David Bourget (Western Ontario)
David Chalmers (ANU, NYU)
Rafael De Clercq
Jack Alan Reynolds
Learn more about PhilPapers
Philosophy 75 (3):437-440 (2000)
Glen Hartz argues, that neuroscience reveals that persons moved or frightened by fictional characters believe that they are real, so such behaviour is not irrational. But these beliefs, if they exist, are not rational and, in any case inconsistent with our conscious rational beliefs that fictional characters are not real. So his argument fails to establish that we are not irrational or incoherent when moved or frightened by such characters. It powerfully reinforces the contrary view.
|Keywords||No keywords specified (fix it)|
|Categories||categorize this paper)|
Setup an account with your affiliations in order to access resources via your University's proxy server
Configure custom proxy (use this if your affiliation does not provide a proxy)
|Through your library|
References found in this work BETA
No references found.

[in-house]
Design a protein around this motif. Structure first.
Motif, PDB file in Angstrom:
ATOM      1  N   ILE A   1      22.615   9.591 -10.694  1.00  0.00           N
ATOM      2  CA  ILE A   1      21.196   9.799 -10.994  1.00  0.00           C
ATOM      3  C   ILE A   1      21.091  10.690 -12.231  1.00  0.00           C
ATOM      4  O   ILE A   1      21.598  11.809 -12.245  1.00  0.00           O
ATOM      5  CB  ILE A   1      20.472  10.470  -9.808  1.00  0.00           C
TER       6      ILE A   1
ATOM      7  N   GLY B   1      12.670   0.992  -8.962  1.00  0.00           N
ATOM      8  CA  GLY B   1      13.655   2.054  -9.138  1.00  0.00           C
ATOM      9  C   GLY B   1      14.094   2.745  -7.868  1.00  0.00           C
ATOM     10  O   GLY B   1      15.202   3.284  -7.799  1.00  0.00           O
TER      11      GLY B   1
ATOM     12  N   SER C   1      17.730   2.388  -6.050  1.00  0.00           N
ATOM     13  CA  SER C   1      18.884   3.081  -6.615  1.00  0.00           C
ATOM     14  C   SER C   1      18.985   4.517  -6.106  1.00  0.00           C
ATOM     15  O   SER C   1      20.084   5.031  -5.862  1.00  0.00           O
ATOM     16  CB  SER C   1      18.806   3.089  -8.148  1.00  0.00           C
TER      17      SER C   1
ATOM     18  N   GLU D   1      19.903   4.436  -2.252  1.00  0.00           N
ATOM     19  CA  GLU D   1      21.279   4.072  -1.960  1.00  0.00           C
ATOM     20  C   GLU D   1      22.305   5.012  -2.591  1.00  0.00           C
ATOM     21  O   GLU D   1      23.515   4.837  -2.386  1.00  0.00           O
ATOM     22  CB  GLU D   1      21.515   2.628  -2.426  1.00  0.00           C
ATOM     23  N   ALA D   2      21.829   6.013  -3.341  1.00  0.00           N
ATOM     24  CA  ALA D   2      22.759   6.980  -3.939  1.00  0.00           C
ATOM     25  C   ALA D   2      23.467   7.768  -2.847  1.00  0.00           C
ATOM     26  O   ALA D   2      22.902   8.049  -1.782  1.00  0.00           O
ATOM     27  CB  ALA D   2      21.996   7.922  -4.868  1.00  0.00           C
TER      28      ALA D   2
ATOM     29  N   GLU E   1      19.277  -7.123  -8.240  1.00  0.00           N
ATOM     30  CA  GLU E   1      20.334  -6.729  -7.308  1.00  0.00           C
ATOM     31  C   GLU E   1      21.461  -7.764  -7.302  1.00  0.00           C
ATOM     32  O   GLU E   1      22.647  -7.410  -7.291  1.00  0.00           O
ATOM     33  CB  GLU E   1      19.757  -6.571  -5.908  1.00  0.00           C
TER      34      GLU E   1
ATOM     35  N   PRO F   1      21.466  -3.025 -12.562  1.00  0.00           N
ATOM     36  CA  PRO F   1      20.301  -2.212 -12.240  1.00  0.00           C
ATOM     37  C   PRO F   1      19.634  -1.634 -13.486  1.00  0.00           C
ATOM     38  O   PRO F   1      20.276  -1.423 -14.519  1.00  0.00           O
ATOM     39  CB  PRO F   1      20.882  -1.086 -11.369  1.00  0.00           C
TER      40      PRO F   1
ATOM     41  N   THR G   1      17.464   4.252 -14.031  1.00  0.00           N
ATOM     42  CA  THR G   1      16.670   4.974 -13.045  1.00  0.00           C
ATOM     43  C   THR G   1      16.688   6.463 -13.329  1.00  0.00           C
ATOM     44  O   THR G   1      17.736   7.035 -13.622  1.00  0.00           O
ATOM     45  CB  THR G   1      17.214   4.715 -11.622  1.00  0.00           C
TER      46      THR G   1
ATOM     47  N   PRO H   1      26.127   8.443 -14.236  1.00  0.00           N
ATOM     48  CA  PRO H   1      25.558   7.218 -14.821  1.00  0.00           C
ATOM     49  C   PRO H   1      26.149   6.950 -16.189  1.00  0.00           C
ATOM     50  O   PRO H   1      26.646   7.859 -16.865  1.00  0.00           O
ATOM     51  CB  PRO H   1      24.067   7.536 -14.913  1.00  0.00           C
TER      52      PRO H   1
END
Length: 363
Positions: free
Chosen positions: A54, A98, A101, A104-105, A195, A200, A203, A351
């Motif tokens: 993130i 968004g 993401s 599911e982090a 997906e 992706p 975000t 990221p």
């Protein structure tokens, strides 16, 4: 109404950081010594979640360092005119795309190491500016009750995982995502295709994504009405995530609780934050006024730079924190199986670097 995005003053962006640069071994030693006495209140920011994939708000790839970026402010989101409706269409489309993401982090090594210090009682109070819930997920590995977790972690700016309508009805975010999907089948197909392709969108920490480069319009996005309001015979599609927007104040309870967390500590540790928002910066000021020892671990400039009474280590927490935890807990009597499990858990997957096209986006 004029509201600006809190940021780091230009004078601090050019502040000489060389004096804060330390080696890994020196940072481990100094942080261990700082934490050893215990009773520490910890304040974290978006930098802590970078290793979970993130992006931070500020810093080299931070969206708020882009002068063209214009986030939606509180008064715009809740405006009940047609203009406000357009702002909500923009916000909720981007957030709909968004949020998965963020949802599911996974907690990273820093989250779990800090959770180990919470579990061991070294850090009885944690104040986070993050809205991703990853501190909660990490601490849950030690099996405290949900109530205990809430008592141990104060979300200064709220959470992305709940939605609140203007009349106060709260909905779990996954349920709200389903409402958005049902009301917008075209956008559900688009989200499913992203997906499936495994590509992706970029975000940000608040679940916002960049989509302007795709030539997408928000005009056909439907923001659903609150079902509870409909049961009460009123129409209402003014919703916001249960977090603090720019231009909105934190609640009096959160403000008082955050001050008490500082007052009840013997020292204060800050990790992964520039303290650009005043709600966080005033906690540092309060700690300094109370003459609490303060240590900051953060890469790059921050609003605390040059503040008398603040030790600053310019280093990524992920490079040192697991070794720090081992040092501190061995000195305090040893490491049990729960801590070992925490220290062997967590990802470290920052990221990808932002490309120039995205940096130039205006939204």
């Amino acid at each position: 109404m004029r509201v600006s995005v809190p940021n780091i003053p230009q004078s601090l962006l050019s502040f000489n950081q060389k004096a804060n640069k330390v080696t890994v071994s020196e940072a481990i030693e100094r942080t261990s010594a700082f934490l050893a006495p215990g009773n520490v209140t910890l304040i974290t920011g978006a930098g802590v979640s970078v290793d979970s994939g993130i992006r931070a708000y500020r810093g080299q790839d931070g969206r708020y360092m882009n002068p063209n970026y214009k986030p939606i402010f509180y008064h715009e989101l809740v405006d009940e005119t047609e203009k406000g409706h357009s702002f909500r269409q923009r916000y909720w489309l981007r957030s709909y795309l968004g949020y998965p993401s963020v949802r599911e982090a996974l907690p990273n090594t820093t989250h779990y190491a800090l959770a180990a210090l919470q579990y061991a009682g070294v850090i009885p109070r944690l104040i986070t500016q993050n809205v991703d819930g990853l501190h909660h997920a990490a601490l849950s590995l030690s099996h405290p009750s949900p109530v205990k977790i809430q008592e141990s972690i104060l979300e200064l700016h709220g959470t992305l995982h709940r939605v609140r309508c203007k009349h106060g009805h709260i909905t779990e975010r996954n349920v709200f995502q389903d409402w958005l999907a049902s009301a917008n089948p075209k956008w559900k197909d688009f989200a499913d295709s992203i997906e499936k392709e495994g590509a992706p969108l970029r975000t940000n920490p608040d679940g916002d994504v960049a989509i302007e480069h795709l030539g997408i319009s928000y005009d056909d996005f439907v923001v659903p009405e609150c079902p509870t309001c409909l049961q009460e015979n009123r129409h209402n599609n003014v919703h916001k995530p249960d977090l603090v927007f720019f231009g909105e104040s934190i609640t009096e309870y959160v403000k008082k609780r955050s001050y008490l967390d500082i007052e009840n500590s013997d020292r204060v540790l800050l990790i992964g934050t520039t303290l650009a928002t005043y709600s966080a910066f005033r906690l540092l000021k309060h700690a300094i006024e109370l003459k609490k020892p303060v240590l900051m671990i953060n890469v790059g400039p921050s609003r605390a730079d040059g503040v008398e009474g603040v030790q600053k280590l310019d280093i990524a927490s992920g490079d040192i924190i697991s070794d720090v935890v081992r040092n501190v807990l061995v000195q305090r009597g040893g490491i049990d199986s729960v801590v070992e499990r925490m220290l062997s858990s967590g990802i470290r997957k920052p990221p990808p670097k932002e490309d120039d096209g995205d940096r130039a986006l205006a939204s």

Citations of this work BETA
No citations found.
Similar books and articles
Stuart Brock (2010). The Creationist Fiction: The Case Against Creationism About Fictional Characters. Philosophical Review 119 (3):337-364.
Glenn A. Hartz (1988). God, Free Will and Morality. International Studies in Philosophy 20 (3):140-141.
Glenn A. Hartz & J. A. Cover (1988). Space and Time in the Leibnizian Metaphysic. Noûs 22 (4):493-519.
Sanford Lakoff (2005). Liberalism in America: Hartz and His Critics. Critical Review of International Social and Political Philosophy 8 (1):5-30.
Glenn A. Hartz (1990). Desire and Emotion in the Virtue Tradition. Philosophia 20 (1-2):145-165.
Glenn A. Hartz (1992). Leibniz's Phenomenalisms. Philosophical Review 101 (3):511-549.
R. Joyce (2000). Rational Fear of Monsters. British Journal of Aesthetics 40 (2):209-224.
Amie L. Thomasson (2003). Fictional Characters and Literary Practices. British Journal of Aesthetics 43 (2):138-157.
Glenn A. Hartz (2006). Reply to Philip Beeley. The Leibniz Review 16:199-201.
Glenn A. Hartz (1999). How We Can Be Moved by Anna Karenina, Green Slime, and a Red Pony. Philosophy 74 (4):557-578.
Added to index2009-01-28
Total downloads35 ( #52,514 of 1,100,145 )
Recent downloads (6 months)5 ( #66,996 of 1,100,145 )
How can I increase my downloads?